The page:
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Alyssa Thomas Is One of a Kind of a Big Deal in the W.N.B.A.


UNCASVILLE, Conn. — In theory, it should be possible to slow down or even stop Alyssa Thomas, the hybrid 6-foot-2 forward for the Connecticut Sun.

Plagued by significant injuries to both her shoulders, Thomas is unable to raise her arms above her head right now. Yet the often-overlooked Thomas is the player no one on the star-studded Los Angeles Sparks frontcourt can stop as the semifinal series shifts to Game 3 on Sunday — and the player who has posted a pair of double-doubles over the past week to lead the Sun to within one win of the W.N.B.A. finals.

Thomas draws comparisons to many of the best in the N.B.A. and W.N.B.A. alike, yet she possesses a game entirely her own.

“I’ve had to change my game,” Thomas said, sitting at her locker after posting 12 points and 13 rebounds in Thursday night’s Game 2 win. “At Maryland, I was all about mid-range jumpers, doing all of that. And I know how people are going to play me. But I do have a full game, and I do attack really hard. So despite how people are playing me, I still can find my way to the rim.”

People struggle for easy analogues to Thomas. She finds open teammates, an additional playmaker on a starting five with a more traditional point guard in Jasmine Thomas and a combo guard, Courtney Williams, who reached a career-best assist percentage this year.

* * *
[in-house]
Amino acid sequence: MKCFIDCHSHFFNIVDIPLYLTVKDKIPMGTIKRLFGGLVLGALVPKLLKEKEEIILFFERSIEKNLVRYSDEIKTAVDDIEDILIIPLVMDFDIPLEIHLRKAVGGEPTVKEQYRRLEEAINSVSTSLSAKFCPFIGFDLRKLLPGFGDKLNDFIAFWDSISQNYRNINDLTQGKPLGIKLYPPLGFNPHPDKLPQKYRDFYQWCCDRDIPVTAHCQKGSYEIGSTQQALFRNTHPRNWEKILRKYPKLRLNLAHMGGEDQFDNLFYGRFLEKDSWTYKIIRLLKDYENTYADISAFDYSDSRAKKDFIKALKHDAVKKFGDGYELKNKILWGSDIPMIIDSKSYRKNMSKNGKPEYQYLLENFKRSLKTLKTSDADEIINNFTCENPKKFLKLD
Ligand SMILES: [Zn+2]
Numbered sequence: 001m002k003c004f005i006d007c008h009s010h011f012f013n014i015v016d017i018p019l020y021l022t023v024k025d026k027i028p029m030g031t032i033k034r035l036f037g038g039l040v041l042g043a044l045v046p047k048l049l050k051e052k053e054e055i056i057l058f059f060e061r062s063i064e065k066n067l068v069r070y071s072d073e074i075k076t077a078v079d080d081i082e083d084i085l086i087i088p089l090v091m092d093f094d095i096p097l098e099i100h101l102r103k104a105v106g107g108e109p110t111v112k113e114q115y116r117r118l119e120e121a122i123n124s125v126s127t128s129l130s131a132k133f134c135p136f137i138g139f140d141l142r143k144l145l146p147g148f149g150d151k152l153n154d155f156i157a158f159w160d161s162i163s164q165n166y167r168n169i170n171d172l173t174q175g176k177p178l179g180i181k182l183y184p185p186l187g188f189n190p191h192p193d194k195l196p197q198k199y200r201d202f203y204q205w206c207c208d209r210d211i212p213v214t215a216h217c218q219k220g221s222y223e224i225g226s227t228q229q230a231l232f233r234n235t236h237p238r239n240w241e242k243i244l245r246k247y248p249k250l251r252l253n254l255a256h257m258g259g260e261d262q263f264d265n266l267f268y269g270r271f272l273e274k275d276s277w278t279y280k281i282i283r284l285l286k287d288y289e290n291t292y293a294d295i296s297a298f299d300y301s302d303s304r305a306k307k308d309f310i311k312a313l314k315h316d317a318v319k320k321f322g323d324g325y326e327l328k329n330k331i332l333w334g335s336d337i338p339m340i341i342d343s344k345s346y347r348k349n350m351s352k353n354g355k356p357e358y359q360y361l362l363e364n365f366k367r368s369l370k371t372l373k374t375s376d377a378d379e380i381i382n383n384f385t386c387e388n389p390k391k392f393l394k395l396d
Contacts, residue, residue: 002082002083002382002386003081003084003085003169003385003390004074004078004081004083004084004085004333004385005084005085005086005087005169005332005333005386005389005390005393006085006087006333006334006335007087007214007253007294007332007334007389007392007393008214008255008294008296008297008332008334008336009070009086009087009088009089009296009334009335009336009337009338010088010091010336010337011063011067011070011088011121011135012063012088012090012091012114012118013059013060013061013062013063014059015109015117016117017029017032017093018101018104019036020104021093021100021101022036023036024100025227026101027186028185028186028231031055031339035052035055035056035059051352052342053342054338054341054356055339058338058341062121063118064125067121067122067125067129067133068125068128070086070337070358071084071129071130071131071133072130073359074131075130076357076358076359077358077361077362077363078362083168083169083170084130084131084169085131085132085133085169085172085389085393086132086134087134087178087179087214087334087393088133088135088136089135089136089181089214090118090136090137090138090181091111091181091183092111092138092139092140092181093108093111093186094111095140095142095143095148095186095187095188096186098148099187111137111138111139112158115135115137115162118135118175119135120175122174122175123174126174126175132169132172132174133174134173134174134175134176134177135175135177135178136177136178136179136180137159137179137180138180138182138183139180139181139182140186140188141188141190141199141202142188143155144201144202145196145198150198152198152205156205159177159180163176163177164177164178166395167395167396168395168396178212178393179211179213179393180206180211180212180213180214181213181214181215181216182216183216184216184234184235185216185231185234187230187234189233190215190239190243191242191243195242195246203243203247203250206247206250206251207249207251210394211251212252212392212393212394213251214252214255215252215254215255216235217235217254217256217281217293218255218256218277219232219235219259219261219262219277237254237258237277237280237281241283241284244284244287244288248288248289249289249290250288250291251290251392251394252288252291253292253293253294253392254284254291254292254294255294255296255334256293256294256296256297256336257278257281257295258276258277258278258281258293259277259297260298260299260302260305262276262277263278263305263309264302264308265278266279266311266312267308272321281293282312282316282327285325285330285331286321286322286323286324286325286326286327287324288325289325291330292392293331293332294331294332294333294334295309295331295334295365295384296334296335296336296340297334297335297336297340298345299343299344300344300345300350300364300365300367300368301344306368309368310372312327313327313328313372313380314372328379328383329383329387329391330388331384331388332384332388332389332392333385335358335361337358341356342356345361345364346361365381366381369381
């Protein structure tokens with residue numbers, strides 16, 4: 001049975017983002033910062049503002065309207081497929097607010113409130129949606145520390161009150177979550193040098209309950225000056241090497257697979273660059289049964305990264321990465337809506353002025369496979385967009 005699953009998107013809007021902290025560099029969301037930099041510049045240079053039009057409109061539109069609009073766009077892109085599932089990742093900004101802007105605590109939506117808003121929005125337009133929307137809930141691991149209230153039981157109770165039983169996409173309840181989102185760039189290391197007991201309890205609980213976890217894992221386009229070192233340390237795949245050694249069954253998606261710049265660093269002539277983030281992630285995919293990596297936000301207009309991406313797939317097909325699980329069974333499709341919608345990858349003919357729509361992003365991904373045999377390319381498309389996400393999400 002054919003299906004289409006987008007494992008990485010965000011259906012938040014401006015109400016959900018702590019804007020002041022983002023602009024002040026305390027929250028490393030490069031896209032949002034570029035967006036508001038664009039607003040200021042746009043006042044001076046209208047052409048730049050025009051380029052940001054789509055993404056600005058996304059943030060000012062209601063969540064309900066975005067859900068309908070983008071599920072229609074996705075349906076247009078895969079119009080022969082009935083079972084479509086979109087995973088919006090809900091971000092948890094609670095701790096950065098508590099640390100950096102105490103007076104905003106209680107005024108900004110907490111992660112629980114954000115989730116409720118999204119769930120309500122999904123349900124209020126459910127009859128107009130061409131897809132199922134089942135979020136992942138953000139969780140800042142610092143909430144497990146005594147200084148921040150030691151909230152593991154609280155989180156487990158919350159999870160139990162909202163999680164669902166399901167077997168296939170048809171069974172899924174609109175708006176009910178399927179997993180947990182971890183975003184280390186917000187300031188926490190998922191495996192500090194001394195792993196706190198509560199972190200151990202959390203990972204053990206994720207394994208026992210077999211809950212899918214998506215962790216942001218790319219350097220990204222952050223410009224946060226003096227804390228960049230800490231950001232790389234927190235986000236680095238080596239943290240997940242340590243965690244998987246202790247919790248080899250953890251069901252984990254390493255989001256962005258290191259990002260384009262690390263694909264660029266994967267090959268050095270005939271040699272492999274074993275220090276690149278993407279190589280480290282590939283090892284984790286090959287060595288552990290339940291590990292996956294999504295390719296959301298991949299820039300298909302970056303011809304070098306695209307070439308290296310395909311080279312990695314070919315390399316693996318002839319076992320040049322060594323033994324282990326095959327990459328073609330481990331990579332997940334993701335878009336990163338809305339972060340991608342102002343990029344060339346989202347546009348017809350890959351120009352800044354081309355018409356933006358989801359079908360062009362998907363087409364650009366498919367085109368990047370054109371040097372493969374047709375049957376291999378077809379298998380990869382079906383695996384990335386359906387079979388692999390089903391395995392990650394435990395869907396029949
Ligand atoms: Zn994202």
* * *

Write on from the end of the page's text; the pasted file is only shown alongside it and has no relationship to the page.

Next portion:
Sun Coach Curt Miller, after Game 1, compared her to Candace Parker, another forward capable of running her team’s offense. But Parker’s array of shots, her length and her rim protection are of a fundamentally different shape than Thomas’s overall contributions.

Thomas’s college coach, Brenda Frese, compared her to LeBron James, with his ability to physically overwhelm opponents. Frese knew she had found someone special when she first saw Thomas play in high school, and skipped a U.S.A. Basketball event to go see Thomas instead at the Battle of Baltimore, a local tournament.

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CreditEthan Miller/Getty Images

“I had chills,” Frese said. “I instantly knew, just watching her in the layup line warming up. I couldn’t wait for the game to start. … What separates Alyssa is her speed, power and competitiveness. You cannot stop her in the open court in transition.”

The Sparks have discovered that throughout the series. In Game 1 — while Connecticut’s two leading scorers, Jonquel Jones and Williams, struggled to find their shots early on — Thomas took on the role of primary scorer, too, putting 13 points on the board in the first quarter to keep the Sun afloat.

And she’s doing it with a combination of brute force and sleight-of-hand trickery: a tone-setting glide up the floor, followed by an inevitable drive to the rim. Less than two minutes in on Thursday night came her first such trip that concluded with a scoop shot, a concession to her physical limitations that does not include giving up scoring at will.